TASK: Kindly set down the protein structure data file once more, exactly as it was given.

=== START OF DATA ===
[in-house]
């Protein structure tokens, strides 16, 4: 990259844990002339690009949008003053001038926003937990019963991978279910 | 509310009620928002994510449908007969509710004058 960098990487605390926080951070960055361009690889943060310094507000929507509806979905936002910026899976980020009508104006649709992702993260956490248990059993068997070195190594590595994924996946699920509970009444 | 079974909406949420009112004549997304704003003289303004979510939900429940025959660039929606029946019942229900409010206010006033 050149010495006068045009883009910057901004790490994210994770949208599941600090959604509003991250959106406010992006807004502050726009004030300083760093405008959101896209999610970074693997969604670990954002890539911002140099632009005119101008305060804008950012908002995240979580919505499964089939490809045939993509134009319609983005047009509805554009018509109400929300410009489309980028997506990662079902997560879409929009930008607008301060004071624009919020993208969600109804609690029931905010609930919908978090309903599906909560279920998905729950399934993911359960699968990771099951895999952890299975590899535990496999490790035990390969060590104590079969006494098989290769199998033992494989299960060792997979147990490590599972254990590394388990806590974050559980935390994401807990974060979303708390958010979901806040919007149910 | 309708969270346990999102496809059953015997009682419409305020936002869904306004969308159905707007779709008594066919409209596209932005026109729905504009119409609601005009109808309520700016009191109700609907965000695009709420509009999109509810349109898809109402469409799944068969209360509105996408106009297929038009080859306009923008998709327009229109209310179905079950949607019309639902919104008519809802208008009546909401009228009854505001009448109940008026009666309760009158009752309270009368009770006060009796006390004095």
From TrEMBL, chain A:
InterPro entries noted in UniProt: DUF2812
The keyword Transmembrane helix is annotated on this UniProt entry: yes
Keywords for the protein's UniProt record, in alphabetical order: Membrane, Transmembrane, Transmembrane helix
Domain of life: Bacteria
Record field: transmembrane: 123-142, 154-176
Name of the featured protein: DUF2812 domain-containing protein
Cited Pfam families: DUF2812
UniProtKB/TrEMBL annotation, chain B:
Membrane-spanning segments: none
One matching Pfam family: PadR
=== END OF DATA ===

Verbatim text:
[in-house]
């Protein structure tokens, strides 16, 4: 990259844990002339690009949008003053001038926003937990019963991978279910 | 509310009620928002994510449908007969509710004058 960098990487605390926080951070960055361009690889943060310094507000929507509806979905936002910026899976980020009508104006649709992702993260956490248990059993068997070195190594590595994924996946699920509970009444 | 079974909406949420009112004549997304704003003289303004979510939900429940025959660039929606029946019942229900409010206010006033 050149010495006068045009883009910057901004790490994210994770949208599941600090959604509003991250959106406010992006807004502050726009004030300083760093405008959101896209999610970074693997969604670990954002890539911002140099632009005119101008305060804008950012908002995240979580919505499964089939490809045939993509134009319609983005047009509805554009018509109400929300410009489309980028997506990662079902997560879409929009930008607008301060004071624009919020993208969600109804609690029931905010609930919908978090309903599906909560279920998905729950399934993911359960699968990771099951895999952890299975590899535990496999490790035990390969060590104590079969006494098989290769199998033992494989299960060792997979147990490590599972254990590394388990806590974050559980935390994401807990974060979303708390958010979901806040919007149910 | 309708969270346990999102496809059953015997009682419409305020936002869904306004969308159905707007779709008594066919409209596209932005026109729905504009119409609601005009109808309520700016009191109700609907965000695009709420509009999109509810349109898809109402469409799944068969209360509105996408106009297929038009080859306009923008998709327009229109209310179905079950949607019309639902919104008519809802208008009546909401009228009854505001009448109940008026009666309760009158009752309270009368009770006060009796006390004095």
From TrEMBL, chain A:
InterPro entries noted in UniProt: DUF2812
The keyword Transmembrane helix is annotated on this UniProt entry: yes
Keywords for the protein's UniProt record, in alphabetical order: Membrane, Transmembrane, Transmembrane helix
Domain of life: Bacteria
Record field: transmembrane: 123-142, 154-176
Name of the featured protein: DUF2812 domain-containing protein
Cited Pfam families: DUF2812
UniProtKB/TrEMBL annotation, chain B:
Membrane-spanning segments: none
One matching Pfam family: PadR